Thursday, February 16, 2012

Bring Me One of Everything-Leslie Hall Pinder

Bring Me One of Everything

Leslie Hall Pinder

Grey Swan Press; Feb 6 2012, $16.95

ISBN: 9780983490012

In British Columbia, fortyish Alicia Purcell has been hired to write the libretto for an opera based on the late anthropologist and Haida expert scholar Austin Hart. Alicia heads to Vancouver to research the opera’s subject who committed suicide and to visit her estranged mom Sophia suffering from cancer.

Alicia learns what drove Hart including his leading the cutting down of the Haida totem poles in the 1950s so they could be placed in museums. As she reads his papers and talks to his family and friends, and the Haida tribe on Queen Charlotte Islands, Alicia looks introspective and decides what is important as she begins to reconcile with her mom.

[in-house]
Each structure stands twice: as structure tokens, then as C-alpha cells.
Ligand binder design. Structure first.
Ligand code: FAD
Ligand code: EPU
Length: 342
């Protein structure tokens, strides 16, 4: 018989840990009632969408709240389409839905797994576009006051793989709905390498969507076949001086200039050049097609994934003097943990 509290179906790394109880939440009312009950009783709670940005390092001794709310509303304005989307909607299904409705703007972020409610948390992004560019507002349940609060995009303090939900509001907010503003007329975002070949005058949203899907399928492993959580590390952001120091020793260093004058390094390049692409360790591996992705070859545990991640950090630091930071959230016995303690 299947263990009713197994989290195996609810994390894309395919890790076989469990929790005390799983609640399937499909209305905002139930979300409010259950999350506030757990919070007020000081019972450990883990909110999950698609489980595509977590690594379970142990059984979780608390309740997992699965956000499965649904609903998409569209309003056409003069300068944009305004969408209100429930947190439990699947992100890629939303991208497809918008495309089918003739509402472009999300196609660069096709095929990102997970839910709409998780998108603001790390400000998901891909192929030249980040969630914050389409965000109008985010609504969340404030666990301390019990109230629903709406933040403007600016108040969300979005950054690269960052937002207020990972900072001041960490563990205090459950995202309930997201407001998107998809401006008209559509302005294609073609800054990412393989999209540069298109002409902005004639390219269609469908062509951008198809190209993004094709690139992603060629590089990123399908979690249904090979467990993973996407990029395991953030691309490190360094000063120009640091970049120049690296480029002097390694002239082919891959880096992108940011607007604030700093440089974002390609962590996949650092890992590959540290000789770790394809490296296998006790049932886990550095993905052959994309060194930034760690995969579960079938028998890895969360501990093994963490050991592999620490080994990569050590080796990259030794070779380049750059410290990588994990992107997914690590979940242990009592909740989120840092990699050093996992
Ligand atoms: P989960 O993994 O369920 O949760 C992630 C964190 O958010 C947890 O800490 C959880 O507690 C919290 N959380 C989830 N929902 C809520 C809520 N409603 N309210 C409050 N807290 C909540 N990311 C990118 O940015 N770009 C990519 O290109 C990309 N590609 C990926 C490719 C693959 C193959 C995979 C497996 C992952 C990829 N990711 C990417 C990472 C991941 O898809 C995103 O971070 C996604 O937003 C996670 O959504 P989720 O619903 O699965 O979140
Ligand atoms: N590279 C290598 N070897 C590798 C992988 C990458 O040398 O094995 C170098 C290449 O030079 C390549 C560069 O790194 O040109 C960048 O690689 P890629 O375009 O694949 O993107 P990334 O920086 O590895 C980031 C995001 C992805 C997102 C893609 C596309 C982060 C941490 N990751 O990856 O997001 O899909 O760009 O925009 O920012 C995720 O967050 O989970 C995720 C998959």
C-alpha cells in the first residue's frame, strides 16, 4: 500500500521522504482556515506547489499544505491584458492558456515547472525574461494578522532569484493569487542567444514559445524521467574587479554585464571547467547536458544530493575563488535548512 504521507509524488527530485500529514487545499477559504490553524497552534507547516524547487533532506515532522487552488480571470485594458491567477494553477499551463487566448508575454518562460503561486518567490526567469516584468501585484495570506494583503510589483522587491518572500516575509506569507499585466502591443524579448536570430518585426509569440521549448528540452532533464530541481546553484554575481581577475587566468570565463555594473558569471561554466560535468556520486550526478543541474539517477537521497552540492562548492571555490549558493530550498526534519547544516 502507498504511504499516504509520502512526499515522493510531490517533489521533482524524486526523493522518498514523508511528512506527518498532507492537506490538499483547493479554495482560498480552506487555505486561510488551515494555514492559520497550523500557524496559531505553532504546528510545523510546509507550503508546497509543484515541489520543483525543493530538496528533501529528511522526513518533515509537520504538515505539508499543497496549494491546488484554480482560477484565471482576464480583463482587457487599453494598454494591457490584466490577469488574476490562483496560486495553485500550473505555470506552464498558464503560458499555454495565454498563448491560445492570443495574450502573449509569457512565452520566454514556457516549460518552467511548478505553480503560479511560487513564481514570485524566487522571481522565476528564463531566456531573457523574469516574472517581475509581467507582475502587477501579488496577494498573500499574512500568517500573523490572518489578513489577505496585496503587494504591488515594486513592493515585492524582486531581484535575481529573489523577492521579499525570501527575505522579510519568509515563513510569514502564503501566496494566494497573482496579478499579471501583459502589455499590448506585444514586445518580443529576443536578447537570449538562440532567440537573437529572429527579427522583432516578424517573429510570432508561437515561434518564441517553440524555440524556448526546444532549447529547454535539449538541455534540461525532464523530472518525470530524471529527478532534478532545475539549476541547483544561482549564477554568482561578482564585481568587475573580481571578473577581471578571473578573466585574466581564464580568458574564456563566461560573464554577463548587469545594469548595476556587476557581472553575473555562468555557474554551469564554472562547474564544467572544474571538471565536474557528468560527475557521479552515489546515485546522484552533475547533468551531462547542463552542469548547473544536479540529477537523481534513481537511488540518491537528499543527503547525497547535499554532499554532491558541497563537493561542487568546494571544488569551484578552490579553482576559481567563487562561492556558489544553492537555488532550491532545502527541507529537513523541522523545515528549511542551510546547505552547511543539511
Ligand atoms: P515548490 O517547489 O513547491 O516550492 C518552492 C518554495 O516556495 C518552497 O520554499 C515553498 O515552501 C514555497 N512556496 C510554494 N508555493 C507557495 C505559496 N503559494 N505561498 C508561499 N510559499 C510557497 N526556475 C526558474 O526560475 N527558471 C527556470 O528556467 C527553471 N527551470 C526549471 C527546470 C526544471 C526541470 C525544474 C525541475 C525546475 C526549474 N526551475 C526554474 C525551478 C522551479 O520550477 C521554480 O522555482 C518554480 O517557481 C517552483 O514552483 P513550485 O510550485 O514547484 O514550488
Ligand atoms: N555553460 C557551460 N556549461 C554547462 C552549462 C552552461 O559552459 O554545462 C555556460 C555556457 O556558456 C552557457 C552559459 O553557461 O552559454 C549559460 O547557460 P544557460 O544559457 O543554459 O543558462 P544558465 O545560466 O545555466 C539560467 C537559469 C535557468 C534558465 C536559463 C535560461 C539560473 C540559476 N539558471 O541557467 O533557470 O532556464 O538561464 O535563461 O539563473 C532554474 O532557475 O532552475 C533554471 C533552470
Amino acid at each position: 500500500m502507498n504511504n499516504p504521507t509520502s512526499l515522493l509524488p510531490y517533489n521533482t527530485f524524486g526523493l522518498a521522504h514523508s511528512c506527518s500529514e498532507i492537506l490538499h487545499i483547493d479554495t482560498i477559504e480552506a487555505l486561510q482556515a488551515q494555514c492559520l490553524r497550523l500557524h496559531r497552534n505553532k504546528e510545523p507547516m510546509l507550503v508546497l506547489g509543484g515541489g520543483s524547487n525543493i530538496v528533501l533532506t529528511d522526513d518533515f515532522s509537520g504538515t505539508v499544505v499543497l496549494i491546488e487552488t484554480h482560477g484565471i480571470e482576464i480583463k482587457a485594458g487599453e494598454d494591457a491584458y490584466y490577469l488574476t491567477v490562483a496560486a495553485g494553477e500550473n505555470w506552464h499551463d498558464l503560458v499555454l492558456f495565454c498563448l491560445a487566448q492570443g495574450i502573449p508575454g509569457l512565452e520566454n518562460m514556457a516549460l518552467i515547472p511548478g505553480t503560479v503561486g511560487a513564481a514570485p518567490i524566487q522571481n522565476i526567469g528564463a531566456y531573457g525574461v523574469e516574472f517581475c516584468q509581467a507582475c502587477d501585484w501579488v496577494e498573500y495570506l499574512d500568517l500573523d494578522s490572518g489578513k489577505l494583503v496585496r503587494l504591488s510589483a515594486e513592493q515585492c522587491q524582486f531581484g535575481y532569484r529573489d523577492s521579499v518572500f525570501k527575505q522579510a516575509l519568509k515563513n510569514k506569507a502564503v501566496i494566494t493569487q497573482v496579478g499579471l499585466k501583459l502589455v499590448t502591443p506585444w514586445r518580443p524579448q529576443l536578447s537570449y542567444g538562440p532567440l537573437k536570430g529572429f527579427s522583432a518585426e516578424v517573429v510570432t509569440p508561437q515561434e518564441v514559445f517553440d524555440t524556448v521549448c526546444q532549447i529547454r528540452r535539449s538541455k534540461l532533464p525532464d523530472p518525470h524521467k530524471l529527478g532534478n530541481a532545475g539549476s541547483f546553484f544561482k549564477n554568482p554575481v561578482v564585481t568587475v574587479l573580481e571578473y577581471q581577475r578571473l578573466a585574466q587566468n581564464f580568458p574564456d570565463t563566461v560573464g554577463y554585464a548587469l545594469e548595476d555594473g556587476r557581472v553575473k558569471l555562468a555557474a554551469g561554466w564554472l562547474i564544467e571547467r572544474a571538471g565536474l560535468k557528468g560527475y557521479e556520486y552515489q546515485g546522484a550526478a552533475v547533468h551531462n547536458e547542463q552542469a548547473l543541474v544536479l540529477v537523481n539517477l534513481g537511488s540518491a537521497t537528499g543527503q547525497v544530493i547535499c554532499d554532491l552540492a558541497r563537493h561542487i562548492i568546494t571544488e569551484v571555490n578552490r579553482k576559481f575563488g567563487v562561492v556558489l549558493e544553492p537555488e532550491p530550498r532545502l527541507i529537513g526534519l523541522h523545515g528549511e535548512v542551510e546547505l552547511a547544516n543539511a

From the opening cutting down of the Weeping Woman Totem Pole until the final aria is sung, the aptly titled Bring Me One of Everything is a thought provoking tale starring a seemingly compulsively obsessed woman with a gut need to know the whys of her subject. The debate over the “safety” of the totem poles is intelligent as readers will ponder between the museum with its easy accessibility and controlled environment or the natural habitat; ironically ownership was irrelevant during the 1950s and earlier as possession by the powerful was ten tenths of the law. With a deep look at Haida art and the subsequent cutting down and removal of the Totems, fans will appreciate Leslie Hall Pinder’s fabulous insightful story.

Harriet Klausner

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